Isn't it funny:P

It seems like for me most of my mistakes come from the simplest things:P Like i have been fighting a bug and i found it in the line:P ill let you see whats wrong with it


I had a little bit of code and after put

std::cout<<"this is NOT the problem";

everywhere i narrowed it down to this line and it's not like a glaring mistake you have to look at it to see it:P
why so strange a for loop
Last edited on
loop condition is false on first iteration.
i know it was giving really weird results...i would explain what it was for but it would take me a while and im sure yall dont care:P
You need to use the debugger.
A simple step-by-step run would made the mistake obvious.
I thought a debugger just find syntax mistakes?
Holy crap i just google what is a debugger how the crap do you use one ive been programming for 2 years without one!! ive been using code blocks 10.05 with the default compiler and stuff...i recently started useing MSVC++ 2010 and i noticed that kinda stuff but do not know how to use it....
Isn't it funny:P


I have been programming for 6 years without a debugger, I just use couts or prints. Can anyone say that there is a definite reason I should be using one?
You are using library, you cannot change. A pointer to some object becomes garbage at some point. Program didn't work when specific deta entered, but all variables are fine.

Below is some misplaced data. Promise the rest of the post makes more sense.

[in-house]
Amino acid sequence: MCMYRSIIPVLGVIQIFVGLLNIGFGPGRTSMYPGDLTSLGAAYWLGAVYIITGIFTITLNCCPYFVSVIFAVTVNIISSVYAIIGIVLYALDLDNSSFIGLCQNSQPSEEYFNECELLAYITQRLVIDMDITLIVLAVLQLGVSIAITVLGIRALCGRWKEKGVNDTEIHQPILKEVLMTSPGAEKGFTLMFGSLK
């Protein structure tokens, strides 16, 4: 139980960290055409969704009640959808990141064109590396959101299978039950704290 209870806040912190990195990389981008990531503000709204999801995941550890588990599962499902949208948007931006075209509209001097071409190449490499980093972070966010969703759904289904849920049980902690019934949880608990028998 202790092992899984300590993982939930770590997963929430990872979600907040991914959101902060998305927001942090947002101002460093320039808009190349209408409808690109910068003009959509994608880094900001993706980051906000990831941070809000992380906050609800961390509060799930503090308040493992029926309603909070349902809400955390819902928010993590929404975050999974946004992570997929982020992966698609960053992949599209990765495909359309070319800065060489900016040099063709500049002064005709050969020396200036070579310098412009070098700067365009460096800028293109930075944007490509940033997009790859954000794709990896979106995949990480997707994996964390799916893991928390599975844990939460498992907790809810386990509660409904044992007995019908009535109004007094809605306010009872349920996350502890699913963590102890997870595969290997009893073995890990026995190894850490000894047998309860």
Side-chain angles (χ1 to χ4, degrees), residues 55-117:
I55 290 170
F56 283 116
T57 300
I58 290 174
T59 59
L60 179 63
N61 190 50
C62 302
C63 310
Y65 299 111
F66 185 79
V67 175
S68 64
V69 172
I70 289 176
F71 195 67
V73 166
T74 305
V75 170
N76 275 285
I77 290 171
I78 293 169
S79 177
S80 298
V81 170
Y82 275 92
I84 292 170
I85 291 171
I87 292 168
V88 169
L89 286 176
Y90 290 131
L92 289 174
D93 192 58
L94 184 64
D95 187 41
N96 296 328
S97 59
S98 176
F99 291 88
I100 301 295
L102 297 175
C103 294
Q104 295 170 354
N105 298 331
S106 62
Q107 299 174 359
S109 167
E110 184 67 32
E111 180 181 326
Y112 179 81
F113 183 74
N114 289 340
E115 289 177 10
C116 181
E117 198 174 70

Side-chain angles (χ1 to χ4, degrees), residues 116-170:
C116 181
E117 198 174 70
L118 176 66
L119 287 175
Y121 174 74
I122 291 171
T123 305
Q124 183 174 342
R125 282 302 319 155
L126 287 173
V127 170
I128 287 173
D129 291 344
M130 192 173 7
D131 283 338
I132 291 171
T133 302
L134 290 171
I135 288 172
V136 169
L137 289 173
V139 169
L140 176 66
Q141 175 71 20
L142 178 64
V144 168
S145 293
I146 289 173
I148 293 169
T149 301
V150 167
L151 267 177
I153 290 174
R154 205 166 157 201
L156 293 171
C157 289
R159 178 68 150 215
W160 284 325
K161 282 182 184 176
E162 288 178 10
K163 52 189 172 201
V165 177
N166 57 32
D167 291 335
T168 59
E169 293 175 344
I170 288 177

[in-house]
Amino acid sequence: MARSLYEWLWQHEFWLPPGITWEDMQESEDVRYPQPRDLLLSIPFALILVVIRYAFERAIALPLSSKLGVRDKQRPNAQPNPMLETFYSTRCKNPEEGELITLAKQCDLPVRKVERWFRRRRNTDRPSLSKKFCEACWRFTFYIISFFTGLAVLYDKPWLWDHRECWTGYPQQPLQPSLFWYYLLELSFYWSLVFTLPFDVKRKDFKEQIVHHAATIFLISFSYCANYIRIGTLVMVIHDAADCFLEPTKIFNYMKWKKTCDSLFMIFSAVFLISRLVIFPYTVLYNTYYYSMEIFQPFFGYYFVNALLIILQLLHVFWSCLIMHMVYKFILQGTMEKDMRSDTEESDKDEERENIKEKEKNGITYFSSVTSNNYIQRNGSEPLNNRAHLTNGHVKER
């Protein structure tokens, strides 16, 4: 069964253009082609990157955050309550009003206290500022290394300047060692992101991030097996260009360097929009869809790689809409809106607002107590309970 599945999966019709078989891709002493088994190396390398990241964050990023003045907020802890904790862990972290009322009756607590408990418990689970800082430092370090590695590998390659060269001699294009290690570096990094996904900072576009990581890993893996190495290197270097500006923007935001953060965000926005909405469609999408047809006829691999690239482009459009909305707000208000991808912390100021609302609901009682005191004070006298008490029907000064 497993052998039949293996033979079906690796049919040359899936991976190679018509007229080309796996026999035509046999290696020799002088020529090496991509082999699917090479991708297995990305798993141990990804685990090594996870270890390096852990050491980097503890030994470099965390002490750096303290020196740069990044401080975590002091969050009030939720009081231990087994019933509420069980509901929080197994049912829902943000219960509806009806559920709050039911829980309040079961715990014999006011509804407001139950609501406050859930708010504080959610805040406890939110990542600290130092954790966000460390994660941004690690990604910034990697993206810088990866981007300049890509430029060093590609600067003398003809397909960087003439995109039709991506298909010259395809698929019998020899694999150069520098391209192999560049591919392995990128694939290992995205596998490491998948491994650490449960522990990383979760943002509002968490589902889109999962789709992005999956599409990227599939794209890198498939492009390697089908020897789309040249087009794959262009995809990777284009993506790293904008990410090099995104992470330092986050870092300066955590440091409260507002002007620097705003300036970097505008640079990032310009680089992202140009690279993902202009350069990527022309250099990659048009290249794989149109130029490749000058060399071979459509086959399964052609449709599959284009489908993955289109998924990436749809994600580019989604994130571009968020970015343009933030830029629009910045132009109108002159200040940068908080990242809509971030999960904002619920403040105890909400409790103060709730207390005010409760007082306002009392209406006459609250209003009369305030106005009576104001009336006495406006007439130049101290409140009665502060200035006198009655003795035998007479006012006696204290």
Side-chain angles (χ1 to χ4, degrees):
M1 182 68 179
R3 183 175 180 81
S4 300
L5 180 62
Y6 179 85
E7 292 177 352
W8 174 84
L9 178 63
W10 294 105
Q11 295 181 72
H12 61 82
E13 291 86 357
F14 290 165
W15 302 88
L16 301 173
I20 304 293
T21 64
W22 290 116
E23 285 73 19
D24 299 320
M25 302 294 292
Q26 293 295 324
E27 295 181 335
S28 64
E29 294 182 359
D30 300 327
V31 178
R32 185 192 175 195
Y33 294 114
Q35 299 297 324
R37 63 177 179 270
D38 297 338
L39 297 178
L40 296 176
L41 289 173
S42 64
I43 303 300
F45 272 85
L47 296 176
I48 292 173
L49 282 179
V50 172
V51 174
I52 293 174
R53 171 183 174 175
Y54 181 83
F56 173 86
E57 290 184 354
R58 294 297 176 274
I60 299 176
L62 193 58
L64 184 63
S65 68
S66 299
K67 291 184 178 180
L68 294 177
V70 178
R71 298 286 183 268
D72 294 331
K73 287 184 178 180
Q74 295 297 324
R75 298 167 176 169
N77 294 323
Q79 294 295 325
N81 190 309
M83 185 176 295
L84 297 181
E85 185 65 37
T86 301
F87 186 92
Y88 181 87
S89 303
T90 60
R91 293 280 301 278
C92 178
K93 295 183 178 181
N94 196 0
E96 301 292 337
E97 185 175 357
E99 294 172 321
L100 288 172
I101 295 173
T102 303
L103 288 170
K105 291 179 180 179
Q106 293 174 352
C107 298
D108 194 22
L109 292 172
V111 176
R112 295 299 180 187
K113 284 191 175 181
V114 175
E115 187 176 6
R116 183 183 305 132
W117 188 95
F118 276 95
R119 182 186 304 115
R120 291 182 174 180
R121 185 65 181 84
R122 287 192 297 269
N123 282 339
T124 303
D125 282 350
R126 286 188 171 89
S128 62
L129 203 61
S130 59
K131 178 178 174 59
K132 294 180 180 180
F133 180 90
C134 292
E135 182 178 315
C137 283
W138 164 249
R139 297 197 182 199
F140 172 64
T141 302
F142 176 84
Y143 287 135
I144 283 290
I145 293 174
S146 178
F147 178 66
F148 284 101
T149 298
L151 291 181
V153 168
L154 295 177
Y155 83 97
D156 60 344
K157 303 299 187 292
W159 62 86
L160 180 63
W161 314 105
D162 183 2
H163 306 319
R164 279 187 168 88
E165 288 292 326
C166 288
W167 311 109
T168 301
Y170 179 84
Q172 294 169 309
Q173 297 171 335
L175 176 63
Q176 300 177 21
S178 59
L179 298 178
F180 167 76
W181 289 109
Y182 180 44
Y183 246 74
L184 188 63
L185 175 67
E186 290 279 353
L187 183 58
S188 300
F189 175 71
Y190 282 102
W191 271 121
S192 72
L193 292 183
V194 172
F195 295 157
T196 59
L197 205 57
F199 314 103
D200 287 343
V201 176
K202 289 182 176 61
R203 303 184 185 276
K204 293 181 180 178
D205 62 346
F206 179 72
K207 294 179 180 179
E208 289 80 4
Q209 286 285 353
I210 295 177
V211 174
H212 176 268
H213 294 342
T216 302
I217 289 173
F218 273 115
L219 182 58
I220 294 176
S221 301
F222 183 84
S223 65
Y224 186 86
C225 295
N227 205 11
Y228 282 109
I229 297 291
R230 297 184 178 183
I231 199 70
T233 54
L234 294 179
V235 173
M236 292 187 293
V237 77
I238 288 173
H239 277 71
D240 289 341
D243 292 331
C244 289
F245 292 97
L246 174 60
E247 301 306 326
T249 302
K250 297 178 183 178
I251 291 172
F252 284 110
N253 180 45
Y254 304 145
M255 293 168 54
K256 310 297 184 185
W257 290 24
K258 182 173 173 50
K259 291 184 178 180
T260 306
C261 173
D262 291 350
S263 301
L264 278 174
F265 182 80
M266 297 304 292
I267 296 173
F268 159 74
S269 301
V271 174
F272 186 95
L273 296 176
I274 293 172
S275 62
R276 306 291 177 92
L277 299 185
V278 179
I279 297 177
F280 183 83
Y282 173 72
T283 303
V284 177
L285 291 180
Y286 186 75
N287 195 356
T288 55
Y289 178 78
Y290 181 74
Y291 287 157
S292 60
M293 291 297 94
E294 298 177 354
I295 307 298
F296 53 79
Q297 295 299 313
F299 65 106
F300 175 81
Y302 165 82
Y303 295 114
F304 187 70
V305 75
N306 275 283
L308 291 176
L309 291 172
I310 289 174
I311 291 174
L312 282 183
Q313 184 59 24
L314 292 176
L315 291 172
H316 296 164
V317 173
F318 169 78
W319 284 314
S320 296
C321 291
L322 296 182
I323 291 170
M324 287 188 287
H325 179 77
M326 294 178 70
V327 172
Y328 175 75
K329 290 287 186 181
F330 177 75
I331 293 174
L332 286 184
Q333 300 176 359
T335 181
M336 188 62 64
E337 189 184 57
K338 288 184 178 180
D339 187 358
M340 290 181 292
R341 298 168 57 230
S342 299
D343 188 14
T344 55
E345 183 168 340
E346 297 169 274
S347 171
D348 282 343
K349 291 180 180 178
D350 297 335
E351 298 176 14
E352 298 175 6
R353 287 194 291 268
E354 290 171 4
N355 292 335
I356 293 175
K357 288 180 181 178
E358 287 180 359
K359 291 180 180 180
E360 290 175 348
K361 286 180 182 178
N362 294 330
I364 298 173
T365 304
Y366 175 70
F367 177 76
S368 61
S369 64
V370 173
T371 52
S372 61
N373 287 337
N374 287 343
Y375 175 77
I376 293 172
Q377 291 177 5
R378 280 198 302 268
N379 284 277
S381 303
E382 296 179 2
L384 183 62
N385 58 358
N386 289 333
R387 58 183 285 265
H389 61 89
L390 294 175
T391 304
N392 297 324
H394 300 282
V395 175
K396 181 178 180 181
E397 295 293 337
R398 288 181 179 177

it's not like a glaring mistake

Isn't it? (seeing the 90 and 10, the first thing I did is check the termination condition and increment)

I do think it would have been clearer if it had been written as:

for(x=10; x >= +90; x-=10)

rather than


(A chance to take one of my hobby horses for a ride!? Now, not not everyone would agree, but I believe that...)

Source code should generally use white space in a similar way to prose. Horizontal space to separate the meaningful pieces of a line, similar to words. (There is some scope for different takes on what these pieces are.)

And vertical space to separate groups of lines of code, like paragraphs. (Not just to separate functions.)

I would go one futher and write it as;

for (x = 10; x >= +90; x -= 10)

But there are other variant

for( x=10; x >= +90; x-=10 )
for (x = 10; x >= +90; x -= 10)
// etc 

Everywhere I've worked the coding guidelines have mandated this kind of space to make it easier to see that's going on, esp. around operators.

One popular standard is Google's. I don't agree with all its points, but when you're working with other people, a consistent code layout is beneficial. In the absence of anything else, it is a good starting point.

And I quite like this guy's take:

Statement Formatting


PS I would be interested to see a coding standard that mandate the use of no space around binary operators, so if you know of one, please paste the link here.
Last edited on
Andy you sniped what I was gonna type.
Topic archived. No new replies allowed.